Jesus uses the image of the vvineyard and transforms it into a parable of our life together with God. The vine depicts the covenant people of God, planted and tended by God himself that it would produce fruit (see Psalm 80:8-18, Isaiah 5:1-7). "I am the vine" means that Jesus has fulfilled Israel's place as God's vine. God's vineyard has one vine to which all other branches are--and must be--attached. Being attached to Jesus as a branch and grafted into a vine is a powerful image of the interior life of a believer. By remaining in Christ by his Spirit, disciples are alive with his life and bear his fruit. Discipleship is all about attachment to Jesus by faith and fruitbearing by the Spirit of Jesus living in us.
The sixth "I Am"
August 18, 2019
I Am the Way
Jesus is on the threshold of his suffering and departure from his disciples; he is about to go the way of the cross. Jesus had called his disciples to love as a sign of being his disciple; he had also forecast his departure alone and Peter's troubling denial. Emotions seem high.
Jesus' antidote to their troubled spirit is trusting anew in God, Father and Son - who "know how to calm storms and to reach ports" (FD Bruner). The Father has a home - an estate - that his people are heading toward. Through his death and resurrection, Jesus opens the way there. In fact, he IS the way there. His person, his teaching, his actions, his death and resurrection are the way tot he truth of God and his kingdom. His Spirit gives us life, power to trust this way and walk in his truth. The way to life of the world to come is in Jesus.
The 7th Sign
August 11, 2019
The 7th Sign: The Raising of Lazarus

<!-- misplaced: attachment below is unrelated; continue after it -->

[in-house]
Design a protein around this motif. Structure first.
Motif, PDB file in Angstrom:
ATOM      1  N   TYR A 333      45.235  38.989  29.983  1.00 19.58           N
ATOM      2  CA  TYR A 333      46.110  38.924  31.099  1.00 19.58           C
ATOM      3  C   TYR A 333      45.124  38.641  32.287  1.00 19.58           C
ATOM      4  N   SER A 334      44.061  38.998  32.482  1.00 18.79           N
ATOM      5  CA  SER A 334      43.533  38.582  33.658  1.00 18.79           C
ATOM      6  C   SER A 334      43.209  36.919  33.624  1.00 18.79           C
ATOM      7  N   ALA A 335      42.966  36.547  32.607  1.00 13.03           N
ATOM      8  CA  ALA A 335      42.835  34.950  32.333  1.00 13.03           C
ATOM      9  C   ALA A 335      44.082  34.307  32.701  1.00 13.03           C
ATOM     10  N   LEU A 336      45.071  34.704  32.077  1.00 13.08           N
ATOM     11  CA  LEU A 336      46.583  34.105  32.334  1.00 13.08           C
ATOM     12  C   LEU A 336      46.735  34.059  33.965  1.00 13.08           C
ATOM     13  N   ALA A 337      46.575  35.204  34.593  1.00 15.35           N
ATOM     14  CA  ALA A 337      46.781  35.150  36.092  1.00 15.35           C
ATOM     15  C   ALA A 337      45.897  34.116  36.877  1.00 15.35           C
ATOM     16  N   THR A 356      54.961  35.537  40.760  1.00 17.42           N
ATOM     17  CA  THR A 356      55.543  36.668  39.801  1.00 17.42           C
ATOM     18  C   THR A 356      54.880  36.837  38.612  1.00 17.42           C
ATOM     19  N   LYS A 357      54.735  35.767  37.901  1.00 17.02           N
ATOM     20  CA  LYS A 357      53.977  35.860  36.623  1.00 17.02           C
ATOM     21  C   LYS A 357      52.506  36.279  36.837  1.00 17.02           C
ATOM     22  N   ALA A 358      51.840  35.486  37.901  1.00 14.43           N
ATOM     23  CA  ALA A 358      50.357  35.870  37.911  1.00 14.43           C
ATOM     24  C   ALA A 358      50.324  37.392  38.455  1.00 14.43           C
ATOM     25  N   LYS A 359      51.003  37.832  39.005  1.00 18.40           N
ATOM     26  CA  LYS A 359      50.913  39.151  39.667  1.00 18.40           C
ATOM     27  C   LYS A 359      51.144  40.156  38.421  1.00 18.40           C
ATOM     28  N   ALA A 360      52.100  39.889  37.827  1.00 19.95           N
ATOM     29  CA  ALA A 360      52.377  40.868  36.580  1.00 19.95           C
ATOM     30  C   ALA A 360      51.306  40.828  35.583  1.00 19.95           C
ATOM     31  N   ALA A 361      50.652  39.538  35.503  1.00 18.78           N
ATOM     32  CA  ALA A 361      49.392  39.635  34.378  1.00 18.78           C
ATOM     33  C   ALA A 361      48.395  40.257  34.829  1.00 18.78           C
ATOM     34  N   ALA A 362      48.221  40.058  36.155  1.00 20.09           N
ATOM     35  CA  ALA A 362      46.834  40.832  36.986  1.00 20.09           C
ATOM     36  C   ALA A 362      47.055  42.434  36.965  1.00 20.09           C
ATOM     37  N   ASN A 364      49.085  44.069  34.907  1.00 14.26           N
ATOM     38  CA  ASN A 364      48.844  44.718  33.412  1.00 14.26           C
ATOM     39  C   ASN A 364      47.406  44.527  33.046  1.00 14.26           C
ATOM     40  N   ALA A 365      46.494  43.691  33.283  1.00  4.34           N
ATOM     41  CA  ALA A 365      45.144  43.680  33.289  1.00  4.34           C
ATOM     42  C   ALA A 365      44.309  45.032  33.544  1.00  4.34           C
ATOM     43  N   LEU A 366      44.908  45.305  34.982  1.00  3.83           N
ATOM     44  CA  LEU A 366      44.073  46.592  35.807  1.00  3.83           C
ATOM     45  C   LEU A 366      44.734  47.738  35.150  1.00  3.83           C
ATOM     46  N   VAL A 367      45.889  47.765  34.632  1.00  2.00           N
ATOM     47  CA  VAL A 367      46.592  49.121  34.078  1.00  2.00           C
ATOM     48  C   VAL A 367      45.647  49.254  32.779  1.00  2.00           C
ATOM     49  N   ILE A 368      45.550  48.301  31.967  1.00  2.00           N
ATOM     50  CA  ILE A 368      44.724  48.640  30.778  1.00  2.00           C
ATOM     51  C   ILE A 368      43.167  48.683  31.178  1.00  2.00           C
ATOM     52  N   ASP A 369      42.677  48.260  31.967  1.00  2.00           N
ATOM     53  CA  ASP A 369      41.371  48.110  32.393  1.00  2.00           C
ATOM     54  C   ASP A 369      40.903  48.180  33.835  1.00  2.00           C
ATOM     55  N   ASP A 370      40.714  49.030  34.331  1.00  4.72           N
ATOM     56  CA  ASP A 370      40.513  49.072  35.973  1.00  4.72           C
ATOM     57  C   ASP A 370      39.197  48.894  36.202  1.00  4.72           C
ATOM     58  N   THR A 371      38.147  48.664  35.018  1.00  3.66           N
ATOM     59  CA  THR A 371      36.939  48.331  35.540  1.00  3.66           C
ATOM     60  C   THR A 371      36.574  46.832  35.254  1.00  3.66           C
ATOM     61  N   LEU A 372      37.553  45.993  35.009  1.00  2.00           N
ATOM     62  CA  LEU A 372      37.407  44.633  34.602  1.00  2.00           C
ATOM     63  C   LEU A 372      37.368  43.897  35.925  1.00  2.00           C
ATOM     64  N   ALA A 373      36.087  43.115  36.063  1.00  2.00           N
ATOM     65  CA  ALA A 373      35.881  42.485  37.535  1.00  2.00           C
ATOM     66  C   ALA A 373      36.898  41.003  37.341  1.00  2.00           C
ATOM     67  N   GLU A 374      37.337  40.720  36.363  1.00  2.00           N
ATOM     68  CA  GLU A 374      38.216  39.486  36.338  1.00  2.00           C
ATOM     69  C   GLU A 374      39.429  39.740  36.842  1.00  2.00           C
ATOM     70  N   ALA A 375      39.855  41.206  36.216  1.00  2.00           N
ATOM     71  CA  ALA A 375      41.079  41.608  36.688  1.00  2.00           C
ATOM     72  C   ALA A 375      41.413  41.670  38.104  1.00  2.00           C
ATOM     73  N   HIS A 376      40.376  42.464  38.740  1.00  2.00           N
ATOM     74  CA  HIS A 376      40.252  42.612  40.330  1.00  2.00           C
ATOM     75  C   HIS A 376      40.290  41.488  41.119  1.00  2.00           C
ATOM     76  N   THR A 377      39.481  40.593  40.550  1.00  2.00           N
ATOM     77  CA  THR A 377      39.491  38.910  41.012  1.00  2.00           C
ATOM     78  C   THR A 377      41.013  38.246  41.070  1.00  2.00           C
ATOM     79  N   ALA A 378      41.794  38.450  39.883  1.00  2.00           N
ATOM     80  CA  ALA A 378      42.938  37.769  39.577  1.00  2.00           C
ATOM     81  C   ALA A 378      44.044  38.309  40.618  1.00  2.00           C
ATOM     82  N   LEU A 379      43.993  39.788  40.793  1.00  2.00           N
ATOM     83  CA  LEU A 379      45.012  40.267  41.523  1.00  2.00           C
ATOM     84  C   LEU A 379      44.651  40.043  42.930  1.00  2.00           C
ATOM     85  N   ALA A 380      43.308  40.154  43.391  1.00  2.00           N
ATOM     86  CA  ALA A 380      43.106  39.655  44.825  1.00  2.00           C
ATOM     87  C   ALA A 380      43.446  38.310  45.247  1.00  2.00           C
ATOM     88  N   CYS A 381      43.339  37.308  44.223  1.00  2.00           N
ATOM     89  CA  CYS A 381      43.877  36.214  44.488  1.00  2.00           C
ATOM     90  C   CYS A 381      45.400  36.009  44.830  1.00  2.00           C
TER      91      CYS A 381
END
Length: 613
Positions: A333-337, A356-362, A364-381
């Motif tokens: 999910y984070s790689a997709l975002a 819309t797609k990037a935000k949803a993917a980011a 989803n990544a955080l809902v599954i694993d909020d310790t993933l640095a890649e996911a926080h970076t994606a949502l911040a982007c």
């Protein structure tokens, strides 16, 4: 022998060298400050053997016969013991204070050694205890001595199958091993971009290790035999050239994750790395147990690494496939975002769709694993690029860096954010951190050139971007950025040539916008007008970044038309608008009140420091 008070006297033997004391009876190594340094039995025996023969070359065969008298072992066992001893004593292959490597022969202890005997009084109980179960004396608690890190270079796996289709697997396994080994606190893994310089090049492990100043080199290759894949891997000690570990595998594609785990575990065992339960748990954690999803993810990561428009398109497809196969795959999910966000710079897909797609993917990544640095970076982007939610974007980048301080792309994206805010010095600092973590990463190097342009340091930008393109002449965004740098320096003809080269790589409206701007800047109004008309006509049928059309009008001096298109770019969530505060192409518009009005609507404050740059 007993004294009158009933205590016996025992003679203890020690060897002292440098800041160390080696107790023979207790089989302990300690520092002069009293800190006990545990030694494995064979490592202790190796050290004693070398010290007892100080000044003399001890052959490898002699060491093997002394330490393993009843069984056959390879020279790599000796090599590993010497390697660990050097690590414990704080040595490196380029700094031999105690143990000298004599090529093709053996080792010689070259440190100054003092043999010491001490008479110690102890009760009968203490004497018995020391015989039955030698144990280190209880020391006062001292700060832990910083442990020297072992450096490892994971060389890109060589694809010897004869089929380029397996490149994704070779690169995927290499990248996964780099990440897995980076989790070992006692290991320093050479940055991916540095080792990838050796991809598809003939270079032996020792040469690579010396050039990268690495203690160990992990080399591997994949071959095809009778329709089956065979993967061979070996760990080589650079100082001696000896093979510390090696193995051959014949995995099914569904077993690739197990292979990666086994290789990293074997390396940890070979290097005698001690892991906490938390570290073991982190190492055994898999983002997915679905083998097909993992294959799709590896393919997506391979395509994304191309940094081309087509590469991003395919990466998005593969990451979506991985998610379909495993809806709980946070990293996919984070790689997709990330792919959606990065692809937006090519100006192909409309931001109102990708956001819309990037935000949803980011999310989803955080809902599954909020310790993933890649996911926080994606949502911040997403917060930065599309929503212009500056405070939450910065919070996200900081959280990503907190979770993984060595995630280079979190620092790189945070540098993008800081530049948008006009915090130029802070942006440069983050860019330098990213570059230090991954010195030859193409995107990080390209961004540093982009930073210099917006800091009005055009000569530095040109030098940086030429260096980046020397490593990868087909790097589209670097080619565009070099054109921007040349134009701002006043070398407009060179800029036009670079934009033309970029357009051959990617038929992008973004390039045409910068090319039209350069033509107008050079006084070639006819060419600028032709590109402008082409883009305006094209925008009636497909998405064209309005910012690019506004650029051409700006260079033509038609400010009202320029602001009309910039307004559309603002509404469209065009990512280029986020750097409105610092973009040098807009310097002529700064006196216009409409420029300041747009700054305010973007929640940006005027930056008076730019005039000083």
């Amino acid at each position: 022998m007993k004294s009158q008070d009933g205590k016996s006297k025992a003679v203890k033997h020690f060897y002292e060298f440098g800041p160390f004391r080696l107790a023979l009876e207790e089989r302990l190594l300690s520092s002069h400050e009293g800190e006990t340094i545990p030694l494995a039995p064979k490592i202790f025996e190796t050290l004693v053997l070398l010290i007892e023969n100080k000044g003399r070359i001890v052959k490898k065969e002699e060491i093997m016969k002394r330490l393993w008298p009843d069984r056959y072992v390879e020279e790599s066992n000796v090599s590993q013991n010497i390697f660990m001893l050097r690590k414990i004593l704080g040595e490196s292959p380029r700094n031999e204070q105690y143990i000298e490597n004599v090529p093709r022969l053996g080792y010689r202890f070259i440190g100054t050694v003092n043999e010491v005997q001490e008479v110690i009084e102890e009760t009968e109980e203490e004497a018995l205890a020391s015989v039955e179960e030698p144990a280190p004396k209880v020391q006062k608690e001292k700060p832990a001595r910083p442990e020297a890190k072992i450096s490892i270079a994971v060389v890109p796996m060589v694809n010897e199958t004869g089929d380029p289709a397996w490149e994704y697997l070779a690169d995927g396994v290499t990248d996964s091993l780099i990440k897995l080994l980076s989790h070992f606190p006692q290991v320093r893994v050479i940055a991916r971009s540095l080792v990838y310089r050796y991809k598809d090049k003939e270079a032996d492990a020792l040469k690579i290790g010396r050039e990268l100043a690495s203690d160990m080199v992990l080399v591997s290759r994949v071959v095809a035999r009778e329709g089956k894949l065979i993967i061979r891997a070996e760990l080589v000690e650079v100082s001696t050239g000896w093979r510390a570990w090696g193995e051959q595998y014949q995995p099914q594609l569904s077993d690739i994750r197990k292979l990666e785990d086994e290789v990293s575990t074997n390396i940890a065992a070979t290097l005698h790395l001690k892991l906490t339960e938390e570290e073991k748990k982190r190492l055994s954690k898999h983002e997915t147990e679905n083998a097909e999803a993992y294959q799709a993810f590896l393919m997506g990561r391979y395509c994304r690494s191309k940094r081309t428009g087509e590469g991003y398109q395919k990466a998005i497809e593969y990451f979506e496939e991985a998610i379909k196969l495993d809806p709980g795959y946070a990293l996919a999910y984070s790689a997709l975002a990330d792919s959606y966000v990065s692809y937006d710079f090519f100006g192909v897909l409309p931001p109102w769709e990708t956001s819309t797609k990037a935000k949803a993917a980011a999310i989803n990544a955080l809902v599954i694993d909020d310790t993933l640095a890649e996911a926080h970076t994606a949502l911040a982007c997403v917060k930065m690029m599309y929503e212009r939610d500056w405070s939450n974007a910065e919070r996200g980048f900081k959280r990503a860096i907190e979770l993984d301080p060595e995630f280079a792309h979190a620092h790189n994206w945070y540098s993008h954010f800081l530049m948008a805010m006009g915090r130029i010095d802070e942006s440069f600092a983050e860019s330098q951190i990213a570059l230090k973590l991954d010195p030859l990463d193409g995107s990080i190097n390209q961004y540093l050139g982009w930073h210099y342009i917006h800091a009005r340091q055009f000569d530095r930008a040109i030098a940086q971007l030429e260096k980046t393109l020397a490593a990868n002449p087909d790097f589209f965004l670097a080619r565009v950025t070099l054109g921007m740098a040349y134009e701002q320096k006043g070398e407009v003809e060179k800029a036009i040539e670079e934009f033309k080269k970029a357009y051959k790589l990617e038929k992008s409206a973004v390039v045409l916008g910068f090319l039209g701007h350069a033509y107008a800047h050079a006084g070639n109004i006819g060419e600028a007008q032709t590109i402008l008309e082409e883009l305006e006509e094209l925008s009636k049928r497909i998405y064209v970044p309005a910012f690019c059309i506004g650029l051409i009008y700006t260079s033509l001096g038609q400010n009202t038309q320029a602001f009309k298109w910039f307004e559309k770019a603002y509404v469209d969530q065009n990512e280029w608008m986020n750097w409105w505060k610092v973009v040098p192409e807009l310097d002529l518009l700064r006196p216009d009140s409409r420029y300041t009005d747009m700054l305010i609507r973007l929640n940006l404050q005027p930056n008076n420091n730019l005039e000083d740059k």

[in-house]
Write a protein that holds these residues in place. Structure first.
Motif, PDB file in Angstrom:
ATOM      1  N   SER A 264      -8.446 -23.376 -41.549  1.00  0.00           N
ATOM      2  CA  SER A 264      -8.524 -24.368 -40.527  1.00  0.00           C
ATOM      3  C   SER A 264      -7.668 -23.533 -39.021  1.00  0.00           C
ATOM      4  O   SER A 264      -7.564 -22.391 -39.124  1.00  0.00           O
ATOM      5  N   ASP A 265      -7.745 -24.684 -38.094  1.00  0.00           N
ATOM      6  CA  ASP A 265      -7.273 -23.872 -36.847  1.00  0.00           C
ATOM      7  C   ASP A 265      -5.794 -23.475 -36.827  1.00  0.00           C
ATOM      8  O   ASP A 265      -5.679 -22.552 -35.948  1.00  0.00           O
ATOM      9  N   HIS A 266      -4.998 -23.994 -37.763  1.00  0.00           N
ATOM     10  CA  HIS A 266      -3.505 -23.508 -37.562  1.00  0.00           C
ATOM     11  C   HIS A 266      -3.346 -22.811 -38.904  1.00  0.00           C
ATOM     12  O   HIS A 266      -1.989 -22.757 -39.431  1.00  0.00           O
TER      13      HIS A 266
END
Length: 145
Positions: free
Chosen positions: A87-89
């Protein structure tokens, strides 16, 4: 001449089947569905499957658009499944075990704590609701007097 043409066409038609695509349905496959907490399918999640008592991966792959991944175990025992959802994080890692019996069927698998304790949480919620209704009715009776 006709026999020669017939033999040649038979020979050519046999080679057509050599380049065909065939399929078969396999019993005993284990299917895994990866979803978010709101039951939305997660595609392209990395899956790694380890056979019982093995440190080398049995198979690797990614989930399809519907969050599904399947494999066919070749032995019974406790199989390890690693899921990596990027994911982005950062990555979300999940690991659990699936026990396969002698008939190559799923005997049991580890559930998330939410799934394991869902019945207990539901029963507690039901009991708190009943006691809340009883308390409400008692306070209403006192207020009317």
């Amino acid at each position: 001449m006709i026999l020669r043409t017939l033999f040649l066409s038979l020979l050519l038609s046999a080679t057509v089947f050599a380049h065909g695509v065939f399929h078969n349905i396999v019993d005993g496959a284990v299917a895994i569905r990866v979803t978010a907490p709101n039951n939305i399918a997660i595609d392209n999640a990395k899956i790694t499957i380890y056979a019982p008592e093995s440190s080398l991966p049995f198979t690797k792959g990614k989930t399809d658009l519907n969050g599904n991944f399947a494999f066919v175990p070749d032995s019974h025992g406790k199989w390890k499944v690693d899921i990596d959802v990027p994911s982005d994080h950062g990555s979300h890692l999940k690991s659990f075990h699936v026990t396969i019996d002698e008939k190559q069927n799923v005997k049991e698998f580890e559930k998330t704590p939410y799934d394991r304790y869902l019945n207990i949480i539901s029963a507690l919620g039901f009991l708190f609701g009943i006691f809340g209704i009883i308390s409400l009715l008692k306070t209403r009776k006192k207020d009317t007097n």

Where Martha's response to Jesus was full of words, Mary's response is full of weeping. While both sisters begin with the same words to Jesus, Mary's words are said with face on the ground and heart weeping. Sorrow and disappointment mingle with her tears. Jesus is deeply moved and cries: Jesus shares in the anger and grief of all those whose loved ones have gone to the grave. Heading to the grave, Jesus is again deeply moved. The struggle against our greatest enemy stirs the heart of Jesus, from which he calls in a loud shout: "Lazarus, come out!" This call anticipates the sound of the archangel's trumpet, calling all from their graves.
August 4, 2019
Job 19:1-27 - Job's Struggles
We welcome Rev. Tim Toeset who will bring God’s word for us and
lead us in a celebration of the Lord's Supper.
Job is dealing with great difficulty and challenges God as to why it is happening. God doesn't supply an answer but Job never gives up his faith. He declares: "I know that my Redeemer lives." We, too, are called to have faith in the midst of difficulties because we know our redeemer lives.
The fifth "I AM"
July 28, 2019
I AM the Resurrection
Martha's response to Jesus us a mixture of grief and faith: "Lord, if you had been here, my brother would not have died." Not so much a rebuke (she had sent word to jesus that lazarus was ill, John 11:3) but one of trust in Jesus despite the sorrow death has brought. Our experience is often similar; as we confront death, we express both our sorrow and disappointment to God but also our confidence in Jesus. This passage gives us every reason for confidence. Jesus will not only raise us up at the last day (John 6) but is the resurrection and the life. Everlasting life is found in him. In Jesus, what God promised for the last day has begun: a new kind of life that anticipates the renewal of all creation.